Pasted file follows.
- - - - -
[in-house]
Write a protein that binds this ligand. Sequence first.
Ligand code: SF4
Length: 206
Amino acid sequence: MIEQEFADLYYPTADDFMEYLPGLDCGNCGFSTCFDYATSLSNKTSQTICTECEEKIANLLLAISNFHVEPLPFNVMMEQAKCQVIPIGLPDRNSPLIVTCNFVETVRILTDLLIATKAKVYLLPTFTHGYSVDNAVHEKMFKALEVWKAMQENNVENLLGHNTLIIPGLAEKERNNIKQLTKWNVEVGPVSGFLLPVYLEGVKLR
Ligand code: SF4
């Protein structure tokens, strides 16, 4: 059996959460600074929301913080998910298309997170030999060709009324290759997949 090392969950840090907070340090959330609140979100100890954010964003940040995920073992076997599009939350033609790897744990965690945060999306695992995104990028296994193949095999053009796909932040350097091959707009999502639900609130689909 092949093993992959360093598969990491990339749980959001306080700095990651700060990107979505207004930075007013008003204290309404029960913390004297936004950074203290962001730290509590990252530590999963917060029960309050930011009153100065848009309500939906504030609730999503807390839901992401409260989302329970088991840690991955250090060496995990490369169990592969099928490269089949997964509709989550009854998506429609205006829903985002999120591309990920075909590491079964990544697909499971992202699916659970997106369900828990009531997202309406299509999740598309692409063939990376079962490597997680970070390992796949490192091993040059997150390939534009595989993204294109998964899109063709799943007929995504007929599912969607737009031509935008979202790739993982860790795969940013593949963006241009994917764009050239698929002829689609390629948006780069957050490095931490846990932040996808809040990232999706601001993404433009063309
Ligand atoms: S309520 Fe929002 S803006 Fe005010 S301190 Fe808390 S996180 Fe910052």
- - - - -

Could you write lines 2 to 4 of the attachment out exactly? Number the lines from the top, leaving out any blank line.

Write a protein that binds this ligand. Sequence first.
Ligand code: SF4
Length: 206